As most readers of this blog know, I'm fairly moderate politically. I'm more liberal on issues of our society and international issues, more conservative with respect to fiscal matters. Side note: I find it amusing that mainline protestant Christians (Lutherans, Methodists, Episcopaleans, - of which I am one - Presbyterians, etc.) are considered theologically liberal amongst American Christian. Somehow, I find it easier to praise liberals than Conservatives, but probably only because the offenses committed on the right seem more egregious than those I see on the left. But I hope I'm relatively even handed in my critical analysis of both left and right.
Toward that end, let me offer modest praise to two decidedly conservative world leaders: U.S. President George Bush and newly elected French President Nicolas Sarkozy.
Now, I have been heard to utter the phrase "Somewhere in Texas, a village is missing its idiot" on more than one occasion. That's probably not fair, since the President is not an idiot. Its the neo-con agenda and rationalization of the same that offend me, but the President is a fairly smart man and certainly one that understands how power is utilized. I've been consistently disappointed and often angered by his diplomatic record but it is specifically a diplomatic choice of his that I want to praise: the awarding of the Congressional Gold Medal to His Holiness the Dalai Lama. To be clear, Congress awards the medal, not the President, and this was a bi-partisan sponsored bill in both the Senate and the House (I'm happy my congressman and one of my senators were the Democratic sponsors in each of the houses of Congress). But it was the President who took the public lead on dealing with China's denouncements and threats in the wake of the decision to honor the spiritual and cultural leader of the once soveriegn nation, now subjugated province of China, who the People's Republic denounces as a separatist and traitor.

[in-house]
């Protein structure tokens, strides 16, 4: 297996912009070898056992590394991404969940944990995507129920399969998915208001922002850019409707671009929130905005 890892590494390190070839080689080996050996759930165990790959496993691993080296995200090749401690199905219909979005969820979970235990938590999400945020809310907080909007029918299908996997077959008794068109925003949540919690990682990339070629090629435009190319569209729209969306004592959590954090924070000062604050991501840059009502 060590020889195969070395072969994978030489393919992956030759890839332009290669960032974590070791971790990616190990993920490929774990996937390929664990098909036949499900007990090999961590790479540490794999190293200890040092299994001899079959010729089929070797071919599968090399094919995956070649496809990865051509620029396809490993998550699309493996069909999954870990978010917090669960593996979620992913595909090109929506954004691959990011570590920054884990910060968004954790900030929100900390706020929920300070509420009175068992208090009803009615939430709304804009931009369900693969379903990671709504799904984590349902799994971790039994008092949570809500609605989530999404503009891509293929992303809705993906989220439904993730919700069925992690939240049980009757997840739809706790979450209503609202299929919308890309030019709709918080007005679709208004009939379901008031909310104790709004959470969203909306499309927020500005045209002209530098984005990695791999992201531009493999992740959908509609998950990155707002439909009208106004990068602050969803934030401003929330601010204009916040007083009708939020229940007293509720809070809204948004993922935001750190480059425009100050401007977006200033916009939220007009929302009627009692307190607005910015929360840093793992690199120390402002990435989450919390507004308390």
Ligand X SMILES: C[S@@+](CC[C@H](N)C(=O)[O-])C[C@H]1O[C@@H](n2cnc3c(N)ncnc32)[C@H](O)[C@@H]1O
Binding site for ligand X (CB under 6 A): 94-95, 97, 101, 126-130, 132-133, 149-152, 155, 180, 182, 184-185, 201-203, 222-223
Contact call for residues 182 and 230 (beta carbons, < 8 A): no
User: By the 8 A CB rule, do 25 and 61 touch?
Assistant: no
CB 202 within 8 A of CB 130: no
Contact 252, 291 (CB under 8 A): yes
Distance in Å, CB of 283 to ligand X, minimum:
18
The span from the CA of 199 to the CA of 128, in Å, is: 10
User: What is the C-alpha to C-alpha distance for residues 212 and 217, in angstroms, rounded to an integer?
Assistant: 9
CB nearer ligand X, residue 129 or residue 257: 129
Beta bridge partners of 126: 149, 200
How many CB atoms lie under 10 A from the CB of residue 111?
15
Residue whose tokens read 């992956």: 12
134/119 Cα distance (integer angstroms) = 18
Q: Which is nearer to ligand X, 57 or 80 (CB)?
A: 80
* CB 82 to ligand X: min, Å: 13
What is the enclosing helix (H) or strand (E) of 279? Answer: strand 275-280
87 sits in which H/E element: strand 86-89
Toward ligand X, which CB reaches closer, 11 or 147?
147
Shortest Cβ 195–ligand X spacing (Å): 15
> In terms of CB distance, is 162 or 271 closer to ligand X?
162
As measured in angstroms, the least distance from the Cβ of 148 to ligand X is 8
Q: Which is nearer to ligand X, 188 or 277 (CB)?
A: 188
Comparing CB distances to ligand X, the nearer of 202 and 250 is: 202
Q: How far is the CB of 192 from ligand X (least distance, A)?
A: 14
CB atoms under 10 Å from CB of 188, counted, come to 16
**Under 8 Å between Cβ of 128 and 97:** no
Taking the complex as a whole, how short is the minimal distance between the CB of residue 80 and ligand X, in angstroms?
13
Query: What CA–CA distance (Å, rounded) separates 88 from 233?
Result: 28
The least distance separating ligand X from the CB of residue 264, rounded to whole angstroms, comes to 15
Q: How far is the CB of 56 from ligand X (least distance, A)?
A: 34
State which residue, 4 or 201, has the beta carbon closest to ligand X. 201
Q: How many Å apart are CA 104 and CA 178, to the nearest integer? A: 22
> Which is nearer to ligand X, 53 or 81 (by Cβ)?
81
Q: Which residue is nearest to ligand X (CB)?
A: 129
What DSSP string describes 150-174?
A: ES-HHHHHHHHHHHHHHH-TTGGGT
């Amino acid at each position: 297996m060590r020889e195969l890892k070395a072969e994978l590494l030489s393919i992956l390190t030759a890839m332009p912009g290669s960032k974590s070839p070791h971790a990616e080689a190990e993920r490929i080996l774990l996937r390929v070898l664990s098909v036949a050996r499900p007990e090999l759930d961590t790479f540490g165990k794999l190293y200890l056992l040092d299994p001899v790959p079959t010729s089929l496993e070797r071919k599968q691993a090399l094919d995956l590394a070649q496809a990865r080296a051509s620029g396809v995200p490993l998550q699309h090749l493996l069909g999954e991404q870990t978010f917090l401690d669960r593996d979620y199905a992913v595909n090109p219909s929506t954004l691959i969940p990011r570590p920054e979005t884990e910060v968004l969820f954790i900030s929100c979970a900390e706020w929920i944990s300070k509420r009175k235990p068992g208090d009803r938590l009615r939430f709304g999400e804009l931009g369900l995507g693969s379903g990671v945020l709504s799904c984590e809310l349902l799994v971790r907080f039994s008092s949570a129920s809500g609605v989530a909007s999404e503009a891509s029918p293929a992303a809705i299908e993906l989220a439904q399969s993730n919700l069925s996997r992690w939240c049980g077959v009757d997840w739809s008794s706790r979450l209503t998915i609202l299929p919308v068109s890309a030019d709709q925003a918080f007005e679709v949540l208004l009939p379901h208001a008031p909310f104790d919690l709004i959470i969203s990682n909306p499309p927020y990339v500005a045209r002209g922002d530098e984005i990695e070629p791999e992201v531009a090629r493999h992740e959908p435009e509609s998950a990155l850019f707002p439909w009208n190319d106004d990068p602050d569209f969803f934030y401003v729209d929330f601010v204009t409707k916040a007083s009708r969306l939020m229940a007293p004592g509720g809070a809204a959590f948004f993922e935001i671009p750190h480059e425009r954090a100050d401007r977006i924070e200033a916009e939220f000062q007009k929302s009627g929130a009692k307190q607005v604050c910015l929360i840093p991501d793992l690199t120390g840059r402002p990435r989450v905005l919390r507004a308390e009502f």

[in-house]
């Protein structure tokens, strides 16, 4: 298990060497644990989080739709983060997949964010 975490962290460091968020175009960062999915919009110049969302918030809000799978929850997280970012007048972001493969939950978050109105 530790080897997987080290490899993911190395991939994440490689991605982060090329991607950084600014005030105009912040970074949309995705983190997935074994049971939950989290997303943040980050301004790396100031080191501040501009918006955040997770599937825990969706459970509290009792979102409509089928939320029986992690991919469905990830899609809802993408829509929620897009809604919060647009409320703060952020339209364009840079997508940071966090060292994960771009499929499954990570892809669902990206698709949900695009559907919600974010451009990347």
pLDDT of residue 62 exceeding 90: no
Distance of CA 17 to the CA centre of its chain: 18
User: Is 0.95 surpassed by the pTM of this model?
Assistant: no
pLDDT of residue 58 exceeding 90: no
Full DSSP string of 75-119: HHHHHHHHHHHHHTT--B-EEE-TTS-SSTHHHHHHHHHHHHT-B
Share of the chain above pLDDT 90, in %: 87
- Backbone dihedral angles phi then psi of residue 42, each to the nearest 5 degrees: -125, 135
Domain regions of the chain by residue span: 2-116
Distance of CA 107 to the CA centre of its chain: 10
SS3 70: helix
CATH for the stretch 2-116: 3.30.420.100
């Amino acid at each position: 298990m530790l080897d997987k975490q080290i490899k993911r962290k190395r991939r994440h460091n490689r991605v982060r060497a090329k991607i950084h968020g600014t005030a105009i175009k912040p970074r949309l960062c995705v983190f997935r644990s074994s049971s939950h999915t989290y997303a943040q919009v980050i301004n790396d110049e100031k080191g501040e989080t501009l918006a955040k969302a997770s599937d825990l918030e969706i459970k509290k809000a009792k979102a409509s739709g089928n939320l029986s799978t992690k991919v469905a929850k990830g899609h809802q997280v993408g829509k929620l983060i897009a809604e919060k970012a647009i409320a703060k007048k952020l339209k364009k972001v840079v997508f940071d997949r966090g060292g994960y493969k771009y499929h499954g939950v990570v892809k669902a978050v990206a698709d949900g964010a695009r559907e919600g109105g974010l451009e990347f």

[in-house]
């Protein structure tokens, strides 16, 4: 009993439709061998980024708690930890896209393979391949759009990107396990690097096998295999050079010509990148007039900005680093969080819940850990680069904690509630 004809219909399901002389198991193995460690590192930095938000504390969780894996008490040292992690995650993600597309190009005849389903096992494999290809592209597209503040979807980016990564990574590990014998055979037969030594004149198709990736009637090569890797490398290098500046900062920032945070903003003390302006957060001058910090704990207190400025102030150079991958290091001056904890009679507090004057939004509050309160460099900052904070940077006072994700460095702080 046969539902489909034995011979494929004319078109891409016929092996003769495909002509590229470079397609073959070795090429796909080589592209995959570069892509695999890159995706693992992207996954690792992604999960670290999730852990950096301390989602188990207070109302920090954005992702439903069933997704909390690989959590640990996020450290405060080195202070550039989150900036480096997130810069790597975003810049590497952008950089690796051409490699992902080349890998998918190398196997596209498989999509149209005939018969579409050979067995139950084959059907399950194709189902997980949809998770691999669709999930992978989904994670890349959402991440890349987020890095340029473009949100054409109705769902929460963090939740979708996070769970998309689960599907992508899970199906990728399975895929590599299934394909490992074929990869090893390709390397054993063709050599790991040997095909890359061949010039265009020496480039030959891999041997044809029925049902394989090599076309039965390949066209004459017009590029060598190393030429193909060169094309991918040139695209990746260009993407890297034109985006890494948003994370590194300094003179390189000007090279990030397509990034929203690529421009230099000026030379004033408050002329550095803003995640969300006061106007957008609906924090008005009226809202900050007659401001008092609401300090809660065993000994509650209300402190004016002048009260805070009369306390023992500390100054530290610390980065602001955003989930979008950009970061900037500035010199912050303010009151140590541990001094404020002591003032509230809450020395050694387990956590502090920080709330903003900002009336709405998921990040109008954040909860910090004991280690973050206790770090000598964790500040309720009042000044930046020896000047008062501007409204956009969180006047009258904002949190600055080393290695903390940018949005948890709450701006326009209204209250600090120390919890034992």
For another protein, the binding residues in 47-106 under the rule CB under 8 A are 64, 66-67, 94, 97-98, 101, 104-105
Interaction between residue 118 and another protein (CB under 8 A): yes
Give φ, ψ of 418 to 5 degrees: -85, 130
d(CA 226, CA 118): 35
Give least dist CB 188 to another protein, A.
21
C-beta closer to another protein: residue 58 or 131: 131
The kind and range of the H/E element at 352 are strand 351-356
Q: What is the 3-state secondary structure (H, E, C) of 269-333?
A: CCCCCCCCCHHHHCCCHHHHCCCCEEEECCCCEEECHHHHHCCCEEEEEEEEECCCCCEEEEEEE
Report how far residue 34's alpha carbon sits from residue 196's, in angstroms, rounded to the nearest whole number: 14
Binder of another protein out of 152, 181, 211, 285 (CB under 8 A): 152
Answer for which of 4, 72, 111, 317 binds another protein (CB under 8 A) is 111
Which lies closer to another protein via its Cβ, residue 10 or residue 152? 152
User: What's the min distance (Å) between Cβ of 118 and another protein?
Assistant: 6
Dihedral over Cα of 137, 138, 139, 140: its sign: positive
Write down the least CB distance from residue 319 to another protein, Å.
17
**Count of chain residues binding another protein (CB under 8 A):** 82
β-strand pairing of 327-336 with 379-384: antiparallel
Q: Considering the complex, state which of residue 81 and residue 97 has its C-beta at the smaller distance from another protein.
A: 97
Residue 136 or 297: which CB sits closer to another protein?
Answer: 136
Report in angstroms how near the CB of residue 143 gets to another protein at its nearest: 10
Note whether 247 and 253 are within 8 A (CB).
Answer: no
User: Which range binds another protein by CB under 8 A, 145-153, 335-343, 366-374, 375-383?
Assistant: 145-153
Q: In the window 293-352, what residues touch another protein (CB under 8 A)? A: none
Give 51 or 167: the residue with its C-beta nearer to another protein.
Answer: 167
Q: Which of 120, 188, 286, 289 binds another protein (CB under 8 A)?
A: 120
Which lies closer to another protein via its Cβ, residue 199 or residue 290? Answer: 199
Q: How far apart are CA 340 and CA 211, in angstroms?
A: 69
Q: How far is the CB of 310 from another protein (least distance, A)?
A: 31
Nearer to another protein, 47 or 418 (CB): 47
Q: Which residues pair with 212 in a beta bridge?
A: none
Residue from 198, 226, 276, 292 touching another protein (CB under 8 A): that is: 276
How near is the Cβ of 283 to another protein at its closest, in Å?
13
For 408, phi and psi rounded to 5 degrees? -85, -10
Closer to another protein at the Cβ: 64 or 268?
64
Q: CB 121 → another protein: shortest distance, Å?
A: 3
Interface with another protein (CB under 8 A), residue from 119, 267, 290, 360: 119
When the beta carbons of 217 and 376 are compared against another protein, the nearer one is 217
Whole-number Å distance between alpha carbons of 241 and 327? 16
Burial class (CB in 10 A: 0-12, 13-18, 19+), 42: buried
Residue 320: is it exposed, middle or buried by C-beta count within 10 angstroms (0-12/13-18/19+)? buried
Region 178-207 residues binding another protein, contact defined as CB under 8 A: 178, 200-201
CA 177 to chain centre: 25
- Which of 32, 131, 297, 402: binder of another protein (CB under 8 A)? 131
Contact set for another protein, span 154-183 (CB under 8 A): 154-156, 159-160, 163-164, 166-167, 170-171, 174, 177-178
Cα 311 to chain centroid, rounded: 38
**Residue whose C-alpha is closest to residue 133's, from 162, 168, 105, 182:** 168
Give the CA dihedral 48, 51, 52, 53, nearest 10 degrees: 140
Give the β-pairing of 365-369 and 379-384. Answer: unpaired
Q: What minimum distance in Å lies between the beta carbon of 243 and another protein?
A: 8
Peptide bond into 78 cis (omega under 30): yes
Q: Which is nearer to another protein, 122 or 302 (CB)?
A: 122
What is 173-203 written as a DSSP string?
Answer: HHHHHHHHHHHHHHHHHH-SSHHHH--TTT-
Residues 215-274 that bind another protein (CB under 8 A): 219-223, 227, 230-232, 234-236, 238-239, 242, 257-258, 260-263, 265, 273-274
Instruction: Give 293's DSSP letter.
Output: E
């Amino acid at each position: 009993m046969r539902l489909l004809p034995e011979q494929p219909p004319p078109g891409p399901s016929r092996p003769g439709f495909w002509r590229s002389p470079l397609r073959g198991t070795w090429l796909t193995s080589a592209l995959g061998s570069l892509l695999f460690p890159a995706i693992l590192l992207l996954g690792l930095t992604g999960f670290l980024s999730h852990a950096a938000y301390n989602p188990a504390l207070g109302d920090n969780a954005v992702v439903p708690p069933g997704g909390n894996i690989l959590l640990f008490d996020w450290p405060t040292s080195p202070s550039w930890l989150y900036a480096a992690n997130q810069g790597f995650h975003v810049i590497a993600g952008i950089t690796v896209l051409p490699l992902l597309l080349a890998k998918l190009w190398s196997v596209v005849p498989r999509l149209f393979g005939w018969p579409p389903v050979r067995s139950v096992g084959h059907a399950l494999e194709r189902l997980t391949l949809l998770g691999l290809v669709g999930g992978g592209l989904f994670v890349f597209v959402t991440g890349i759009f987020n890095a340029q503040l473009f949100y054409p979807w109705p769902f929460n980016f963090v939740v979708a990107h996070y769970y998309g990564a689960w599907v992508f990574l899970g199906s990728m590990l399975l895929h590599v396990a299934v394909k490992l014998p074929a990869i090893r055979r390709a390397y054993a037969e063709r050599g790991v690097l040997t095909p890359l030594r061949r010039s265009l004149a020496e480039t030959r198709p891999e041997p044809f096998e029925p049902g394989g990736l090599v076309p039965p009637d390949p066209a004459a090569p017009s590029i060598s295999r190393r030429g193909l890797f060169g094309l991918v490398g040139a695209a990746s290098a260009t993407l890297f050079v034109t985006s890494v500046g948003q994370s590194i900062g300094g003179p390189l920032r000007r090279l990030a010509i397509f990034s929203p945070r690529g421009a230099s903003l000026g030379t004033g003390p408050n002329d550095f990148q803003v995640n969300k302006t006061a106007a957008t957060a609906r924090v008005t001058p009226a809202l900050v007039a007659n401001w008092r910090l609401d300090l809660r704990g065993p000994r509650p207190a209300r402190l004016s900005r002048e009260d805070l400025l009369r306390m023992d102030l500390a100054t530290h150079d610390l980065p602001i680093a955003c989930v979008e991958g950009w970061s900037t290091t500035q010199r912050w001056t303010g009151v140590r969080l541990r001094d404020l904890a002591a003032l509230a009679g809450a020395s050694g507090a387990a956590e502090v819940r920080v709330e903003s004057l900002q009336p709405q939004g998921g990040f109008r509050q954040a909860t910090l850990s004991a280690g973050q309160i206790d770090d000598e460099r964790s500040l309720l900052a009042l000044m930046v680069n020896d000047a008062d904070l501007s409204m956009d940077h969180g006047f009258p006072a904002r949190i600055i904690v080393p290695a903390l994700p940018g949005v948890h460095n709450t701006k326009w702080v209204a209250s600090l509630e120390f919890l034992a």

Diplomacy with China is international politics in the Big Leagues. The delicate balance between trade and human rights is a tough one, and holding China publicly accountable for its Human Rights record has not been a triumph for any western leader in memory. But by honoring His Holiness the Dalai Lama, the issue of Tibet as well as China's handling of human rights is more effectively kept part of the global public debate than denouncements over Falun Gong, et al. With the amount of trade we give China, we have diplomatic power. This is how a lame duck president with strong ties to China should spend this is political capital.
And Sarkozy? There's a lot to love about this guy. If there's a nation that needs a little butt kicking by conservative leadership, it would be France. Not only is the French president standing tough against Iran's nuclear ambitions but he's taking on the powerful French unions who are bound to preserve his country's corrosive welfare state. Republicans in the American Congress think we have high taxes? Geesh.
What caught my eye, though, was President Sarkozy's much publicized decision to walk out on CBS reporter Lesley Stahl of "60 Minutes" when she asked him a gossipy question about his relationship with his then-wife during taped interviews. President Sarkozy's behavior was no issue - he firmly but politely ended the interview, shaking Stahl's hand and wishing her "Bon Courage" with his departure. What I found refreshing was that he refused to give in to the voyeuristic intrusion and refused to speak of matters of personal concern with no political import. Bravo. This is a French leader, the first in history that I can name, who is endeavoring to reverse the decades (centuries?) of French chest-thumping and public lambasting of America. He publicly attests to wishing to cease the assertion of French cultural superiority and snarky mudslinging about American policy (deserved or not). Rather, he professes a partnership on issue of congruence (Iran's nuclear ambitions) and respectful disagreement on issues about which we disagree (the war in Iraq). Sounds right. Time will tell - Sarkozy may not be what he appears, but I like the first impression. Hopefully, Jean-Marc or Pierre will repost with their ground's-eye view of their new leader.